Letter from a marketer disappointed with Linkedin’s sponsored ads [review]

“Dear sponsored campaign,

After struggling for two hours to manually enter 99 job titles that made sense for my ad, getting an audience of 1000 people, starting over a couple of times due to setting errors, creating a large target audience of 240000 people, all strictly off-target.
After creating 23 variations of my ad, all amazing, but not getting permission from Linkedin staff to publish them for 48 hours. After writing to the Linkedin help desk to get them activated. After spending just 10 euros in one day and then 100 euros all in one go. Here I am getting 70 clicks, 2 conversions totally out of scope spending 200 euros: 100 euros for each conversion and I sell licenses that are worth 50 euros a year.
Dear sponsored campaign, I say goodbye. I’m going to invest my money in a nice advertorial that at least I don’t have to produce results”.

How to overcome disappointment and make peace with Linkedin sponsored ads

After a few burns that led to extreme resistance to Linkedin’s sponsored ads our disappointed marketer thought he’d give this tool one last chance, choosing to attend AJ Wilcox’s Linkedin Advertising course offered by CXL Institute. That’s when everything changed.

Content offer: conversion is in the middle

Have you ever thought that the word “conversion” contains the concept of “act of faith”, the idea of sacredness and religiosity that there is in the trust expressed by users towards your brand?
We often tend to forget this and design content with the sole purpose of telling our product or service in the most fascinating way possible. The hardest thing is keeping the promise we make to the user when we offer content through a social platform: whether it’s organic or sponsored. The content must be useful or at least interesting.

Bow and arrow for Robin Hood, or how to organize the targeting

On this topic all cheatsheets or whitepapers made by the same platform suggest “target broader, spend less”. Wilcox professes exactly the opposite: the audience should not exceed 80000 (and 20,000 on the downside). This is because it allows us to have a cleaner target audience. If traffic costs so much on LinkedIn let it at least be valuable! Here are some of the best practices you propose:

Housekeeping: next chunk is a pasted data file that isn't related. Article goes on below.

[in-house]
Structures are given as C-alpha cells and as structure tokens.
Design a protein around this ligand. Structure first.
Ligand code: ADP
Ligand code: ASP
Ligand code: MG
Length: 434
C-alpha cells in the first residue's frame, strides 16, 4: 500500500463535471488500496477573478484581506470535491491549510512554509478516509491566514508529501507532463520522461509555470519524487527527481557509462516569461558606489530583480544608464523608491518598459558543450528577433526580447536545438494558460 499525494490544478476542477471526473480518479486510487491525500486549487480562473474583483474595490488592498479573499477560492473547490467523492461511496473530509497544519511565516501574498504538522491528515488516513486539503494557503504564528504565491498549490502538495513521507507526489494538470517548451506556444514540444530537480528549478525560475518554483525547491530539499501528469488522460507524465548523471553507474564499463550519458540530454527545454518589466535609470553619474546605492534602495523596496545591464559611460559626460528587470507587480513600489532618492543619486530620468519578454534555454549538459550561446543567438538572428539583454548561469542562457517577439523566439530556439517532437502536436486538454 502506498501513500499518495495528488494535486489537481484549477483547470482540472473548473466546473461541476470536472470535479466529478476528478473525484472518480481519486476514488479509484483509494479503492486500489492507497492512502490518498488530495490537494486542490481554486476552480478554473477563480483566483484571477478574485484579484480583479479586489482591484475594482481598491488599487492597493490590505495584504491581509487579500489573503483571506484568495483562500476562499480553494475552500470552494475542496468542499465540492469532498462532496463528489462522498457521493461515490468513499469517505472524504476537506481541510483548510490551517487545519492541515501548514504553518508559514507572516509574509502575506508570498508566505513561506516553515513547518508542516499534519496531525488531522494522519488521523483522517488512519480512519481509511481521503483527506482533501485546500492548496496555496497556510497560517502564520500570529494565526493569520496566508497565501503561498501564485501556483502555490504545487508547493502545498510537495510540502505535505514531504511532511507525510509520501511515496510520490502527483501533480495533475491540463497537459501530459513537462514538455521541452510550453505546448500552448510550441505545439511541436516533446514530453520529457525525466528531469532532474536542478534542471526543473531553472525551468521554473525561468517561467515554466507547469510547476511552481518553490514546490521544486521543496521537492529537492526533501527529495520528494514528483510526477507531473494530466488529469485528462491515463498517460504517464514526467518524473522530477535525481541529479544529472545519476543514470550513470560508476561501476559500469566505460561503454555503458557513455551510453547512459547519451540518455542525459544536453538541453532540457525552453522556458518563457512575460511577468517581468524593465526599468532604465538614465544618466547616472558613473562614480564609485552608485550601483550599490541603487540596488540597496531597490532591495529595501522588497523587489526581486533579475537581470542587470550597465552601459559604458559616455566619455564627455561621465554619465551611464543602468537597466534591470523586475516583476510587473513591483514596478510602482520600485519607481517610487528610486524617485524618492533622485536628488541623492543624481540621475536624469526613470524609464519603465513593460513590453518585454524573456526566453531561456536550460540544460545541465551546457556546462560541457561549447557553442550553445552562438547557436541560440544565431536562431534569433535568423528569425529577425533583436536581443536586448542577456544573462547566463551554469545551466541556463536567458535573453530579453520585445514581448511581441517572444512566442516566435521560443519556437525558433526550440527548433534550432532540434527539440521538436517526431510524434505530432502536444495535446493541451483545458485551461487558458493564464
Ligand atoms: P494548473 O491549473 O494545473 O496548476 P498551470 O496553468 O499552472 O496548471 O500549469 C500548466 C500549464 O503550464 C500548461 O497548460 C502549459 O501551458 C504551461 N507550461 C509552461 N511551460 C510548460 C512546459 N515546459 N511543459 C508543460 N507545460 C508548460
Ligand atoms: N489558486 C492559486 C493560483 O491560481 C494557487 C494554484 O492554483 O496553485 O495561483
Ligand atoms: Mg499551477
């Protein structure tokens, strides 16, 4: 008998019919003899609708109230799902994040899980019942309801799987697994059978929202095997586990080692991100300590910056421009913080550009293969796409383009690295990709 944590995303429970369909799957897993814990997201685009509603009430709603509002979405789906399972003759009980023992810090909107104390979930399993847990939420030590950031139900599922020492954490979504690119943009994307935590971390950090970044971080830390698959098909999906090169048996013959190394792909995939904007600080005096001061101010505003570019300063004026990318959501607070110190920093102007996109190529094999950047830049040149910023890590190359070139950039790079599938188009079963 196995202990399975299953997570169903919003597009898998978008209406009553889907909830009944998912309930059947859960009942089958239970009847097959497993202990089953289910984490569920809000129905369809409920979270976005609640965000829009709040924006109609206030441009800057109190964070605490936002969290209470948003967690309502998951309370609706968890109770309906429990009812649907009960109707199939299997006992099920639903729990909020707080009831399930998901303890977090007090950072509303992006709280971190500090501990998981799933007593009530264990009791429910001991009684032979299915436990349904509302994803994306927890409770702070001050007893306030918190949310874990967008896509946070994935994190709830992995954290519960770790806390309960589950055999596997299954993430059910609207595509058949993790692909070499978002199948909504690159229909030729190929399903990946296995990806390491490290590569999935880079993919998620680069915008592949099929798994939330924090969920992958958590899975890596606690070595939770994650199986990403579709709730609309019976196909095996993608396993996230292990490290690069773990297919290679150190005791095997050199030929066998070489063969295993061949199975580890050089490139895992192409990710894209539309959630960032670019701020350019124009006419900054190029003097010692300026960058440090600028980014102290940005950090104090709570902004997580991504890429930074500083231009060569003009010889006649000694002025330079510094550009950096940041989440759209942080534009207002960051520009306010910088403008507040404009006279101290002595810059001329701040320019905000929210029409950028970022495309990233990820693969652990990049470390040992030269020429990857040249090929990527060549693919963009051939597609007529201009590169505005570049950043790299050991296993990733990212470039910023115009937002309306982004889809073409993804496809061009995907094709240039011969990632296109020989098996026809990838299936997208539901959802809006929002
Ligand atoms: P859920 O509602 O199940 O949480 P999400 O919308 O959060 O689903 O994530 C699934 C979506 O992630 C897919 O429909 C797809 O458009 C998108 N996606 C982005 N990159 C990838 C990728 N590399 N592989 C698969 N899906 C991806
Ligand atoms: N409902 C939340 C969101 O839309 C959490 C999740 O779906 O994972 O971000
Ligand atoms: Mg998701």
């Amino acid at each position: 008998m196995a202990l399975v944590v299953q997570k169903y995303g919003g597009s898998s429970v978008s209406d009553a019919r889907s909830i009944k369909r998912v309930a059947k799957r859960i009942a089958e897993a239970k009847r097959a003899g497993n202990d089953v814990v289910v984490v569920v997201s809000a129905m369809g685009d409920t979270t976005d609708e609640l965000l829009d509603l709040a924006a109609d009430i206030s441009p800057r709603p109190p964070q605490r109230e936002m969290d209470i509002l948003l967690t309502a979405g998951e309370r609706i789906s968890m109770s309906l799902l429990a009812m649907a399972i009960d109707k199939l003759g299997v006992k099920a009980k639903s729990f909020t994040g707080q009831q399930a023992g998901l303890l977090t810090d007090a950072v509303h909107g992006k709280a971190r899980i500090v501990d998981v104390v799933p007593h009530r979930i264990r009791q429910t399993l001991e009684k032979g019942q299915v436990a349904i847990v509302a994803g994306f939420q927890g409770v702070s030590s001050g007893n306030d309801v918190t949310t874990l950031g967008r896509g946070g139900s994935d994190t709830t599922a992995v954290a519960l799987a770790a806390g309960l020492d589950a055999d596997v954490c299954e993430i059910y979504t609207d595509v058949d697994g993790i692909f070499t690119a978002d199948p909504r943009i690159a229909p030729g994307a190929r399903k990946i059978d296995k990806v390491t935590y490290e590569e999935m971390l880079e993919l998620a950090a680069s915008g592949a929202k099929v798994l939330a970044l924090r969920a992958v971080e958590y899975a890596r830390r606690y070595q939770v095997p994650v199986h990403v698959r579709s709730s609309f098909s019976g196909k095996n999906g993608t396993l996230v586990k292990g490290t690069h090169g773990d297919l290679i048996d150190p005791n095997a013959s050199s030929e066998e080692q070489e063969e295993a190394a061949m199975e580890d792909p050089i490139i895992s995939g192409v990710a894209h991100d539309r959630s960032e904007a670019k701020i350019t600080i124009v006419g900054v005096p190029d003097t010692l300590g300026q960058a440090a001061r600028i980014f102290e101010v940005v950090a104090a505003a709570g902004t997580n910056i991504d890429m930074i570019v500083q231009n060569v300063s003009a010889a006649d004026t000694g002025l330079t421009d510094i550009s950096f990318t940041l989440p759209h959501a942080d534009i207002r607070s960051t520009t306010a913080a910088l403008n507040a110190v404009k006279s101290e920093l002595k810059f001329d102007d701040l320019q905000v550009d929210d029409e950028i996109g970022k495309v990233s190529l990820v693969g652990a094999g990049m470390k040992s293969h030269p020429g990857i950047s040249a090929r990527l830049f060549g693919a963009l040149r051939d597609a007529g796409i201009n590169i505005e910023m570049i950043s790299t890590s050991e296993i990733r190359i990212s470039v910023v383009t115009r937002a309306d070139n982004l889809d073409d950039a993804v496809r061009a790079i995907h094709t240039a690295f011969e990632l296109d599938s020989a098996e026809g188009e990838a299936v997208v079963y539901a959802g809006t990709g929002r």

Linkedin Advertising, a course from 10 and praise

AJ Wilcox’s course is undoubtedly the best of the CXL Institute courses attended so far. This is not only because of the clarity of the teacher, the course material, the division of topics into different courses, and the balance between theory and exercises. But above all, because it is a truly applicable course, offering continuous insights into the reality that surrounds us daily because it can really be applied from day one. In short, the 4 lessons of as many hours allow you, whether you have no basis, or you already have a smattering (or rather a burn) on the subject, to change something in their marketing strategy.

Okay, but why are you telling me all this?

This post is the result of a great training opportunity that happened to me with a bit of luck. On Linkedin, I follow the marketing agency MOCA by Marco Ziero (because they have a nice newsletter, very useful and a way of perceiving marketing that convinces me). From there I saw that some accounts had obtained online certifications from a portal unknown to me. After visiting the site for a few minutes I was already suffering from that strong complex of “I’d like to but I can’t”. To my surprise, without believing it too much, I got a scholarship from CXL Institute, the Academy founded by Peep Laja. It’s a reality that brings together many marketers that I have respected and followed for a long time, with very practical courses. There remains the challenge of being able to transform the practical knowledge developed by professionals who operate in an Anglo-Saxon context, a bit different from ours, and apply it in the Italian context, which has its roots in very different assumptions.



Copywriter, missed storyteller, almost…

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